There may be a little bit more to this than considerations of health. Russian sanctions against the EU included sanctions against the import of cheese and liquid milk. This was designed to stimulate import substitution in the domestic industry. Dairy farmers in particular have been under a lot of financial stress. In practice, Russian cheesemakers switched to using palm oil and imported dried milk as a substitute for cheese, rather than pay good prices to the local dairy industry. The Russian phytosanitary agency then found reasons for banning the import of palm oil from Malaysia and Indonesia. This was perhaps helped by the failure of Malaysia and Indonesia to see the downing of MH17 through the same eyes as the Russian diplomatic service. The largest plantation owner is IFFCO, company based in the United Arab Emirates, another country that might need encouragement to see things the Russian way. The phytosanitary ban was temporary. An excise duty imposed on health grounds is within the rules of the WTO and may be permanent. However, even to mention the politics is to overemphasise it. The main issue here is the stimulation and protection of the Russian dairy industry. Excise duty on palm oil will be a long-lasting protection measure which can give dairy farmers confidence to make long-term investments.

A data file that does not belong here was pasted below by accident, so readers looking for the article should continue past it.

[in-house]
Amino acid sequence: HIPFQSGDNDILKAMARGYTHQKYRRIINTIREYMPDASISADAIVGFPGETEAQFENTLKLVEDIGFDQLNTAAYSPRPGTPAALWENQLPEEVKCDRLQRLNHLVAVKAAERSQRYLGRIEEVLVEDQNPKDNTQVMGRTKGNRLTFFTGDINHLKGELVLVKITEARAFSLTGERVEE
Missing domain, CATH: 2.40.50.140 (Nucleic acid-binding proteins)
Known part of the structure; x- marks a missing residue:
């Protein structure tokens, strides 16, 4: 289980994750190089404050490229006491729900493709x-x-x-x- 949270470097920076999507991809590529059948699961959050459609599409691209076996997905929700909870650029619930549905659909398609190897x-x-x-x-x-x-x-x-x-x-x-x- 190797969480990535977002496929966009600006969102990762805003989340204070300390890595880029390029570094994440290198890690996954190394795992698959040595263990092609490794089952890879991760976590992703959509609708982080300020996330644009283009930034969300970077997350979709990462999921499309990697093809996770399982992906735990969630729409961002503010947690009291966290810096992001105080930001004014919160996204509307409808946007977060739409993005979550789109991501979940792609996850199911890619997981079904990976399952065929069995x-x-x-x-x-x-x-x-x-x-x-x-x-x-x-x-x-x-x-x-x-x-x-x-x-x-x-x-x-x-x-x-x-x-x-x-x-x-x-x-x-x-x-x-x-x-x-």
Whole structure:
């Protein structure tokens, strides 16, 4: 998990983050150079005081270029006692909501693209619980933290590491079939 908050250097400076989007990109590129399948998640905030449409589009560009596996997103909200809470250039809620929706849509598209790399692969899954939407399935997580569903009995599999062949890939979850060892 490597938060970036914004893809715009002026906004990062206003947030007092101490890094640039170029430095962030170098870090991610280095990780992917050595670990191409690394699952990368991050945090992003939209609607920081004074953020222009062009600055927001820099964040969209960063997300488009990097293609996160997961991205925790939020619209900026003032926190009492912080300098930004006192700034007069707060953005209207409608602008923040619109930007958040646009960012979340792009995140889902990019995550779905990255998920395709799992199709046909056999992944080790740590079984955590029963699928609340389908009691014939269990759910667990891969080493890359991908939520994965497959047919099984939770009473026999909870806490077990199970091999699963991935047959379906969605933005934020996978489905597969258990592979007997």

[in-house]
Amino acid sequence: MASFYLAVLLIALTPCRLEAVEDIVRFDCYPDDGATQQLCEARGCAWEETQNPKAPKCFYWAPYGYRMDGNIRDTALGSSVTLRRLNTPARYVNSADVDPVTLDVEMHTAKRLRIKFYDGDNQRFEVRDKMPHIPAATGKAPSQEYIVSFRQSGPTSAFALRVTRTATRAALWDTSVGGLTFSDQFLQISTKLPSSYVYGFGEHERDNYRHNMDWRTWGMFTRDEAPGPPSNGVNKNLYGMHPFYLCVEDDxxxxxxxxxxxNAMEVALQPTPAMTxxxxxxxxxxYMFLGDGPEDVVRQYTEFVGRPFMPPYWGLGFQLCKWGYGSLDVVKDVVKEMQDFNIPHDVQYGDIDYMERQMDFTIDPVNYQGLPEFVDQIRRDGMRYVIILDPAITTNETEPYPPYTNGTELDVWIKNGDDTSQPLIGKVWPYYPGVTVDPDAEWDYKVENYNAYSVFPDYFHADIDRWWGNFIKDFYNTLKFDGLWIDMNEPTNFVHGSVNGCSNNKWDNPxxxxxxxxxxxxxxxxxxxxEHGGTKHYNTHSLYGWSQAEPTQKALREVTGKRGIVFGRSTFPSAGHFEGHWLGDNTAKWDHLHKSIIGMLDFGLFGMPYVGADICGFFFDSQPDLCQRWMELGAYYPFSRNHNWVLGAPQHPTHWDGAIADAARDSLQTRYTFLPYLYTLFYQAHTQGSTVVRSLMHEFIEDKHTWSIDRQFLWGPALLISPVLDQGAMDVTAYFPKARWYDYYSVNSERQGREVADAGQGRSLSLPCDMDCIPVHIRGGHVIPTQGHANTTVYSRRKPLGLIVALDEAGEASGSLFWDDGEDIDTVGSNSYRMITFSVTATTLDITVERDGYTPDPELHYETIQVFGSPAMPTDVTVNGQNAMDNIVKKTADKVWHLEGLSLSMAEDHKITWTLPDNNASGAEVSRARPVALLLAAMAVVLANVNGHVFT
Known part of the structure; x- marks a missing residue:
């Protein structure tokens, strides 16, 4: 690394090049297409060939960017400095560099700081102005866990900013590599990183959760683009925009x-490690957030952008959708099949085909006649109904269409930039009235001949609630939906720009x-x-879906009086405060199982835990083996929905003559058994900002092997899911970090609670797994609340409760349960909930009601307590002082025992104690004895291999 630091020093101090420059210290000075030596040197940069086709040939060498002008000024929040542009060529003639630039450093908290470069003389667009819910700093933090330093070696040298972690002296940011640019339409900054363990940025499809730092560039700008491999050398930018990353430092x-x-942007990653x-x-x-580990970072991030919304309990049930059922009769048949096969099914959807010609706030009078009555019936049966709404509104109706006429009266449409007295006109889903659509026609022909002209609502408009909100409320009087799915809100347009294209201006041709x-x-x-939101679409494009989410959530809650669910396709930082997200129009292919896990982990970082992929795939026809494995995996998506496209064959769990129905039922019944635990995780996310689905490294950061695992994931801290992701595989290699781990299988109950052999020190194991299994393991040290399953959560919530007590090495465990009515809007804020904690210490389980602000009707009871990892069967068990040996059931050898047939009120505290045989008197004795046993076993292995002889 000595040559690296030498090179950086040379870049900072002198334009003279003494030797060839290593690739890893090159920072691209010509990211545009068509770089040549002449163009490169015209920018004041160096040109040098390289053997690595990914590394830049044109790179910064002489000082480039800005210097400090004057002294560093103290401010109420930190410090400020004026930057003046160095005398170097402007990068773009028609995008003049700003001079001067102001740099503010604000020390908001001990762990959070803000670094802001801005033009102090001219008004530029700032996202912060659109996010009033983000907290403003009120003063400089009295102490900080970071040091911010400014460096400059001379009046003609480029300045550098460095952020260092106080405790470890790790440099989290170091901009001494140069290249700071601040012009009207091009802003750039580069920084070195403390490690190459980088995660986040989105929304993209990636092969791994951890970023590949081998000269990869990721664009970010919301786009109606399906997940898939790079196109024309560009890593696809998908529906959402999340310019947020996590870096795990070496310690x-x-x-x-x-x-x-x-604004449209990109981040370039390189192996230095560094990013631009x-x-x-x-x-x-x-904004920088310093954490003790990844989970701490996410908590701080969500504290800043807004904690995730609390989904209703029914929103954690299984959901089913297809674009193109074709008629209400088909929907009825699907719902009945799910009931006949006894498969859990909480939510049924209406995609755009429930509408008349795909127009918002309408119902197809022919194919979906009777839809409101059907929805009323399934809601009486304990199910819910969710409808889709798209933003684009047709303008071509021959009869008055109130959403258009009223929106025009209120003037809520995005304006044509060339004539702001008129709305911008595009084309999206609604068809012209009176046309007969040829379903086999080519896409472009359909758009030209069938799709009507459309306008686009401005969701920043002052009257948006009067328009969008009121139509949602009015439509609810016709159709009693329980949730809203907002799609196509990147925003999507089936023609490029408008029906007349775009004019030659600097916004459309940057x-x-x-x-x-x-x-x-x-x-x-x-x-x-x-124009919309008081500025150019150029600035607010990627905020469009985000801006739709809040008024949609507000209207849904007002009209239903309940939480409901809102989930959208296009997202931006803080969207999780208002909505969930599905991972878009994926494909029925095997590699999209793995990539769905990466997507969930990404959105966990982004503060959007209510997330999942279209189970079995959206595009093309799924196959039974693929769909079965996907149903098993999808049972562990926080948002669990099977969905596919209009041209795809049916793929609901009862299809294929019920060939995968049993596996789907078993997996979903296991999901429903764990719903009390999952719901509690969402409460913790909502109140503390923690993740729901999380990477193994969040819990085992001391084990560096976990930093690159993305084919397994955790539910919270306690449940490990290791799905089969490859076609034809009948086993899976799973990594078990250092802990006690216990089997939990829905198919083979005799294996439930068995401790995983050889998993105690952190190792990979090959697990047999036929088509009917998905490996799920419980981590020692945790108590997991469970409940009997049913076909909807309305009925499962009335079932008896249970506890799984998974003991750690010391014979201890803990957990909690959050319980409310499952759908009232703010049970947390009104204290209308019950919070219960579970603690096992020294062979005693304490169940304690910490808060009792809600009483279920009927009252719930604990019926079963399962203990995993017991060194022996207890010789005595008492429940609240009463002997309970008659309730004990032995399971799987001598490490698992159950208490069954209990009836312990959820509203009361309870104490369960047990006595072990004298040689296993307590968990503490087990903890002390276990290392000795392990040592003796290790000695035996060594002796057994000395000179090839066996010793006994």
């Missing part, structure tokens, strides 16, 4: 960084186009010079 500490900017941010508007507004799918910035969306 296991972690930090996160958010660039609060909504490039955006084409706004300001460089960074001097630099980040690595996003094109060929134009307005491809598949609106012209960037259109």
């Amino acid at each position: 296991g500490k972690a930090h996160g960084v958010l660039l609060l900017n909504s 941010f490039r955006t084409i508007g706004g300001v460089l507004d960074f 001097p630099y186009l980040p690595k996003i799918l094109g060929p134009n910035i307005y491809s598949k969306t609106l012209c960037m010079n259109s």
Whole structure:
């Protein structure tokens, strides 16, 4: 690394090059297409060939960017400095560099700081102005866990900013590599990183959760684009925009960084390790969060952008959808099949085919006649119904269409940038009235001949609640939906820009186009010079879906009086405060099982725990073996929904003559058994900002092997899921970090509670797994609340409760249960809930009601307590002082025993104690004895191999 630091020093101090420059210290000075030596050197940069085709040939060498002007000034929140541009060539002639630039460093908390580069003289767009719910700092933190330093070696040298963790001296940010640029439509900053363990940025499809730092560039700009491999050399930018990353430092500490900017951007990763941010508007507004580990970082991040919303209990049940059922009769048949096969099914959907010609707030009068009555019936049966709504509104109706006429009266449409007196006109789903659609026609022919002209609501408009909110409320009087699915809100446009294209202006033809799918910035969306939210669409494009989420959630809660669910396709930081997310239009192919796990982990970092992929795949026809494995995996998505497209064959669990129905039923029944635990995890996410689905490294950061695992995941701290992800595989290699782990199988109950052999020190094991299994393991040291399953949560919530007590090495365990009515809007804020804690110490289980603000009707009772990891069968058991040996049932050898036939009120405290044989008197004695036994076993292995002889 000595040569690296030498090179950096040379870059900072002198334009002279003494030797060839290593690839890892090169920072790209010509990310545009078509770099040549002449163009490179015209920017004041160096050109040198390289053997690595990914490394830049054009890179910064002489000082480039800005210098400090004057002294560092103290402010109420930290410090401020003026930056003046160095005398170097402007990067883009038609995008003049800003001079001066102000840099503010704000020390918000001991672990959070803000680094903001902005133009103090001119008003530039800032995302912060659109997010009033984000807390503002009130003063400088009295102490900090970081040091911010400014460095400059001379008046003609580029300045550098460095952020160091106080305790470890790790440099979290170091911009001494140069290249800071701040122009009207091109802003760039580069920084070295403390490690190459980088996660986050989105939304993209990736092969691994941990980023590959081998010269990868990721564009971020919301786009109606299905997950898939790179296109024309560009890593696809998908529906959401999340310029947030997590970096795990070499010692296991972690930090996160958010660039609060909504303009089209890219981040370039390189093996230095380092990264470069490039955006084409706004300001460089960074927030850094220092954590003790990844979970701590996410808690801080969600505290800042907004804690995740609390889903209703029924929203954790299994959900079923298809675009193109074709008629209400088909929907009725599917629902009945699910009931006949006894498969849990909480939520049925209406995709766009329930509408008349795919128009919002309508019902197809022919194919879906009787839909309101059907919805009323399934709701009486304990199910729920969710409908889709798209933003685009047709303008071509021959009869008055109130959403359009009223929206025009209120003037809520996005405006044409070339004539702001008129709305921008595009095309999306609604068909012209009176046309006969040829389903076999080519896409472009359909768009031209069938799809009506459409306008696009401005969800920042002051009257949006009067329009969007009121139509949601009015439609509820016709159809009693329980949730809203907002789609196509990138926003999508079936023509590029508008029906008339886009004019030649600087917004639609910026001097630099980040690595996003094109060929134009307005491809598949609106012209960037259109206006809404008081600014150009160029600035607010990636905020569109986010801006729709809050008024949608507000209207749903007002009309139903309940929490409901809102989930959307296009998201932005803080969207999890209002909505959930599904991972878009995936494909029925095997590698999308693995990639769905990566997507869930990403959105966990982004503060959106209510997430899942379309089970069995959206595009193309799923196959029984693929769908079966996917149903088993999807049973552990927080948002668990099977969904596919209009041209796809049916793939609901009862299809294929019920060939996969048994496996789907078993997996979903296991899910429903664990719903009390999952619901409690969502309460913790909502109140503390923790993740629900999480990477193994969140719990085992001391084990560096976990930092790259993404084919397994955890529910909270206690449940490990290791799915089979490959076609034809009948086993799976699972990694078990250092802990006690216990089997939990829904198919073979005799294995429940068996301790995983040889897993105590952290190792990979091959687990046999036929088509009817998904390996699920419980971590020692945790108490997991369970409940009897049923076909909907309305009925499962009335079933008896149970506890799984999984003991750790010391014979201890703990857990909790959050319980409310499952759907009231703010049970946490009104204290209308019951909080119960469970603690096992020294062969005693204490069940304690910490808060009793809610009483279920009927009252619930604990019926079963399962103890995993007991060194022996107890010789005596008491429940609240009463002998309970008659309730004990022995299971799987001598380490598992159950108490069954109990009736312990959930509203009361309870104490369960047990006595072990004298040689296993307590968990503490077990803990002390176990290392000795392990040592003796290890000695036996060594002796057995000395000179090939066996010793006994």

Agricultural production is actually an area where, prompted by sanctions and later by the large fall in the value of the ruble, import substitution has been a successful policy. Cheesemaking and milk being an exception. For example, fresh vegetable production for 2015 was 12.3% abouve the long term average. This has made it possible to contemplate the ban on the import of Turkish vegetables to add to the ban on EU vegetables. The EU ban only affected about 5% of consumption. None of this has helped the Egyptian exporters of vegetables who would like to penetrate the Russian market. Almost none of them are interested in investing in the sales and delivery process. The same applies to potential sources further afield in Pakistan and India. Iranian companies, although starting later than the Egyptians have made more progress, largely due to direct interest from Russian importers rather than sales efforts by the Iranians.
The dairy industry is just one example of a Russian production industry that needs to buy equipment and process supplies from abroad. Russia may no longer be a major growth market for consumer goods. It has become a major growth opportunity for capital equipment and all kinds of industrial consumables.